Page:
After all, this figure is not in the least productive of obscurity; the nature of it is better understood than that of most others; and although it is exhibited in a variety of lights, it constantly preserves its native perspicuity. A peculiar people, of the posterity of Abraham, was selected by God from among the nations, and he ratified his choice by a solemn covenant. This covenant was founded upon reciprocal conditions; on the one part, love, protection, and support; on the other, faith, obedience, and worship pure and devout. This is that conjugal union between God and his church; that solemn compact so frequently celebrated by almost all the sacred writers under this image. It is, indeed, a remarkable instance of that species of metaphor which Aristotle calls analogical; that is, when in a propositior consisting of four ideas, the first bears the same relation to the second as the third does to the fourth, and the corresponding words may occasionally change their places without any injury to the sense. Thus, in this form of expression, God is supposed to bear exactly the same relation to the church as a husband to a wife; God is represented as the spouse of the church, and the church is betrothed to God. Thus also, when the same figure is maintained with a different mode of expression, and connected with different circumstances, the relation is still the same: thus the piety of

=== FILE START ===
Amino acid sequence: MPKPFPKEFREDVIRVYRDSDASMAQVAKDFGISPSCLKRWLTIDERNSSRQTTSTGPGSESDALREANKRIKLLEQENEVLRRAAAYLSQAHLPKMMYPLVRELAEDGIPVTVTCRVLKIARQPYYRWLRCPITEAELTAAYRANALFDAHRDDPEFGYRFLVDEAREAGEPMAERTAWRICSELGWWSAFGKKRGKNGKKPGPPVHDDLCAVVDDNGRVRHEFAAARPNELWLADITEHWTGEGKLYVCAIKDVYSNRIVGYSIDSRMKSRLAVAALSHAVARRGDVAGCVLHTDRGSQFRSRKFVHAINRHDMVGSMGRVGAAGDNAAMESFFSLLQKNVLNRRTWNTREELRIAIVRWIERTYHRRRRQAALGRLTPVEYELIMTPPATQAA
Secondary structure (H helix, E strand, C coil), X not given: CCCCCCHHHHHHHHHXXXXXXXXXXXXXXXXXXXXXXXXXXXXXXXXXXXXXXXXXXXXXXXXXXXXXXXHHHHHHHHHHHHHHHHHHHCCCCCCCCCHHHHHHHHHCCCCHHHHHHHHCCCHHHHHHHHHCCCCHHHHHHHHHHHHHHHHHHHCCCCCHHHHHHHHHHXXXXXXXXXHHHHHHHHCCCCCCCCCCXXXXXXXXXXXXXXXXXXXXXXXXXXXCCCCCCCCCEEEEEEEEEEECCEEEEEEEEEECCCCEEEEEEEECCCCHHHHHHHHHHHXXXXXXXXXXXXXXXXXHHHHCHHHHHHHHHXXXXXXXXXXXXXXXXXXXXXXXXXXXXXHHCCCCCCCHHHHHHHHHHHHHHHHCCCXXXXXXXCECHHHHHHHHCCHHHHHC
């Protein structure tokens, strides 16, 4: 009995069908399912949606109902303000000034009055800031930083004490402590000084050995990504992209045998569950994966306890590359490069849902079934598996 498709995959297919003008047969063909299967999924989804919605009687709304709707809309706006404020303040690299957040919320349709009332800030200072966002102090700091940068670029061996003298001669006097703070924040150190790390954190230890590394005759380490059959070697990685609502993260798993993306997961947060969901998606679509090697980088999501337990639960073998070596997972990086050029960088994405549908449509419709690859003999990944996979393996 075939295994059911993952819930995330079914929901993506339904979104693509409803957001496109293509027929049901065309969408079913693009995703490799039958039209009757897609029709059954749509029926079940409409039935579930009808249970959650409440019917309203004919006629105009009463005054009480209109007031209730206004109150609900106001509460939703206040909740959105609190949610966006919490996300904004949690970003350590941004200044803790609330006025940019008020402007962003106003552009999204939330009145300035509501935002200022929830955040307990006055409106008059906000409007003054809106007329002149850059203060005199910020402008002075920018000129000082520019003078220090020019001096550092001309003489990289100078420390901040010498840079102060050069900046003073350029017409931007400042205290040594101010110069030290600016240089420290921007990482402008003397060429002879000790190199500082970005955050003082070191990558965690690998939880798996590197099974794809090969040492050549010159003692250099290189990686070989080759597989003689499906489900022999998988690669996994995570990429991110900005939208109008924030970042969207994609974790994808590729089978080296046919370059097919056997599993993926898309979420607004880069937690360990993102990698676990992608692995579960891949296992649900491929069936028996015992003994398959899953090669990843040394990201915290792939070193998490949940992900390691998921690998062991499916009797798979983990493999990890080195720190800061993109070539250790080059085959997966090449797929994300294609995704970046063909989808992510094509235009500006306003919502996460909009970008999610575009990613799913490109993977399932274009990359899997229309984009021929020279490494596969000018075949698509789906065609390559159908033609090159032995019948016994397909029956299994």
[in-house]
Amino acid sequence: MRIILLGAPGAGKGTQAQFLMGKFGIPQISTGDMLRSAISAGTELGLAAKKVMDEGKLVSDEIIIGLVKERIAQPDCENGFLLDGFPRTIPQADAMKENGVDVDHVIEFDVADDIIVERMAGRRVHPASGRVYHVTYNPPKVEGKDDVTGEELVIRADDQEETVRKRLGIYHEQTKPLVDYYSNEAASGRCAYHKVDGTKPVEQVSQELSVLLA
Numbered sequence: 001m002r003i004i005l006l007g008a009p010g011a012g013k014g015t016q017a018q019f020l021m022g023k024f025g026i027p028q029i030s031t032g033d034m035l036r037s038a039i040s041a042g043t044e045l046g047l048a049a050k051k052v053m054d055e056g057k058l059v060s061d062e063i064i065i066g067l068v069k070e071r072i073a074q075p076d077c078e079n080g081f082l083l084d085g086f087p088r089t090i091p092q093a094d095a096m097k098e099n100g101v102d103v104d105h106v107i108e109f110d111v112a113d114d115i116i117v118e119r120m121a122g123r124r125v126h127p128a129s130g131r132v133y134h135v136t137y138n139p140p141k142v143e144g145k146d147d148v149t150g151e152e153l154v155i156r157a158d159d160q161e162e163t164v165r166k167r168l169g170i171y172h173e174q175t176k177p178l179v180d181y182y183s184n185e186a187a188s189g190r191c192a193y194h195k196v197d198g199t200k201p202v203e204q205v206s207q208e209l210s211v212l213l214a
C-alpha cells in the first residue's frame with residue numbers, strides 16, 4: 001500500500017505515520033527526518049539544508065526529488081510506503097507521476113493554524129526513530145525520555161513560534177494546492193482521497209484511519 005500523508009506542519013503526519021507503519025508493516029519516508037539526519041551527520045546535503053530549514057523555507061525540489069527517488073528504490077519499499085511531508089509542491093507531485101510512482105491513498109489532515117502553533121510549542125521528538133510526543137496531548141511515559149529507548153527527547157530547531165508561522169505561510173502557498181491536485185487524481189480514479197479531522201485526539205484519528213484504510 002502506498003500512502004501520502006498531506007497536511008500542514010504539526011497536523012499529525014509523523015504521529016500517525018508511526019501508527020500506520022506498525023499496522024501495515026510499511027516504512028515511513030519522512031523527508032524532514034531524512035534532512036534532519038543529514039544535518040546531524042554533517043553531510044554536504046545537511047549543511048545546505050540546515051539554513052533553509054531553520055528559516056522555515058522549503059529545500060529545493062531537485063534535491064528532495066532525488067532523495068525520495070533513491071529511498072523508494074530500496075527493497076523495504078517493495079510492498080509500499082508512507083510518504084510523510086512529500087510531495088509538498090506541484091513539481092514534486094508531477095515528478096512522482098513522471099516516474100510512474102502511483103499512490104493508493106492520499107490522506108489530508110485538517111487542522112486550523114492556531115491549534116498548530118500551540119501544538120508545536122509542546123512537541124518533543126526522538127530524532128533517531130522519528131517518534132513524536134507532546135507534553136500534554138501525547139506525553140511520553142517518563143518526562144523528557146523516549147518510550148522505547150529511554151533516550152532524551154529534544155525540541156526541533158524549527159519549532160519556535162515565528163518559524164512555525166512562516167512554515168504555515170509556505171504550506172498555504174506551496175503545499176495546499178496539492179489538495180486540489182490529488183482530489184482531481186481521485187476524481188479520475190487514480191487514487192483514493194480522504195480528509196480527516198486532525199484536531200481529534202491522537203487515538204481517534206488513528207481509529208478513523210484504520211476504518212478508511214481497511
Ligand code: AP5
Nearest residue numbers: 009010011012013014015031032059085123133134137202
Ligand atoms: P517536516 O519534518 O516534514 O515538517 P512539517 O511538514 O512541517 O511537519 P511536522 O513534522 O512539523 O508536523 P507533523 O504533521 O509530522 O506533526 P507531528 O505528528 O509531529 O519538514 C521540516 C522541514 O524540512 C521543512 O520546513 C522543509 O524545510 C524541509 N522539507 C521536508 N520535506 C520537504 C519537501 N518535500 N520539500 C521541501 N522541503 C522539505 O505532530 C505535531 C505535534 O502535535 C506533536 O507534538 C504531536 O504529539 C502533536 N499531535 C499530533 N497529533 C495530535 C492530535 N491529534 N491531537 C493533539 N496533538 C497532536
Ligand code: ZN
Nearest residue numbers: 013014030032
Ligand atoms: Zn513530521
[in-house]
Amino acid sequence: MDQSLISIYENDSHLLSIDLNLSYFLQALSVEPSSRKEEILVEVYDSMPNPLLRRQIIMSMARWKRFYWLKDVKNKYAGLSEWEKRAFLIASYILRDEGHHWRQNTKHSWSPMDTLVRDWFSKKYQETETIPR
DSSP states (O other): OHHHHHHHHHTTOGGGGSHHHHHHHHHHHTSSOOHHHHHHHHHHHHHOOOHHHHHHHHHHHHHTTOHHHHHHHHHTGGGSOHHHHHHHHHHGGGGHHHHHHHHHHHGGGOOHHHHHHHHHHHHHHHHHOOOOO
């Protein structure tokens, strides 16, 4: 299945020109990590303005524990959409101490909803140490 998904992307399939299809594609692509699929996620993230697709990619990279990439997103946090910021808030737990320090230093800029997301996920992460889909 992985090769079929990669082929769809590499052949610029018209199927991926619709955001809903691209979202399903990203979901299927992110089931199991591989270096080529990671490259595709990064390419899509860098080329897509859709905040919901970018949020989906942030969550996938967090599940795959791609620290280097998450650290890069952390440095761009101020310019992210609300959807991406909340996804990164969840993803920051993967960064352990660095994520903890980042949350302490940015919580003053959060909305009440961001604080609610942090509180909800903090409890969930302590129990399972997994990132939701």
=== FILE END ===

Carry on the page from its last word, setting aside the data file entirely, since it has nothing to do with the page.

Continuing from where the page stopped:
3 Dr. Rees's Cyclopædia, vol. vi. article Canticles.
Among others by Mr. Hewlett in his valuable Commentary.
On the nature of this species of allegory, see Vol. I. Part II Chap. 1. Sect. IV.
e Prælect. xxxi. vol. ii. pp. 312-321. Poet. chap. xxii. and Rhet. iii. 3.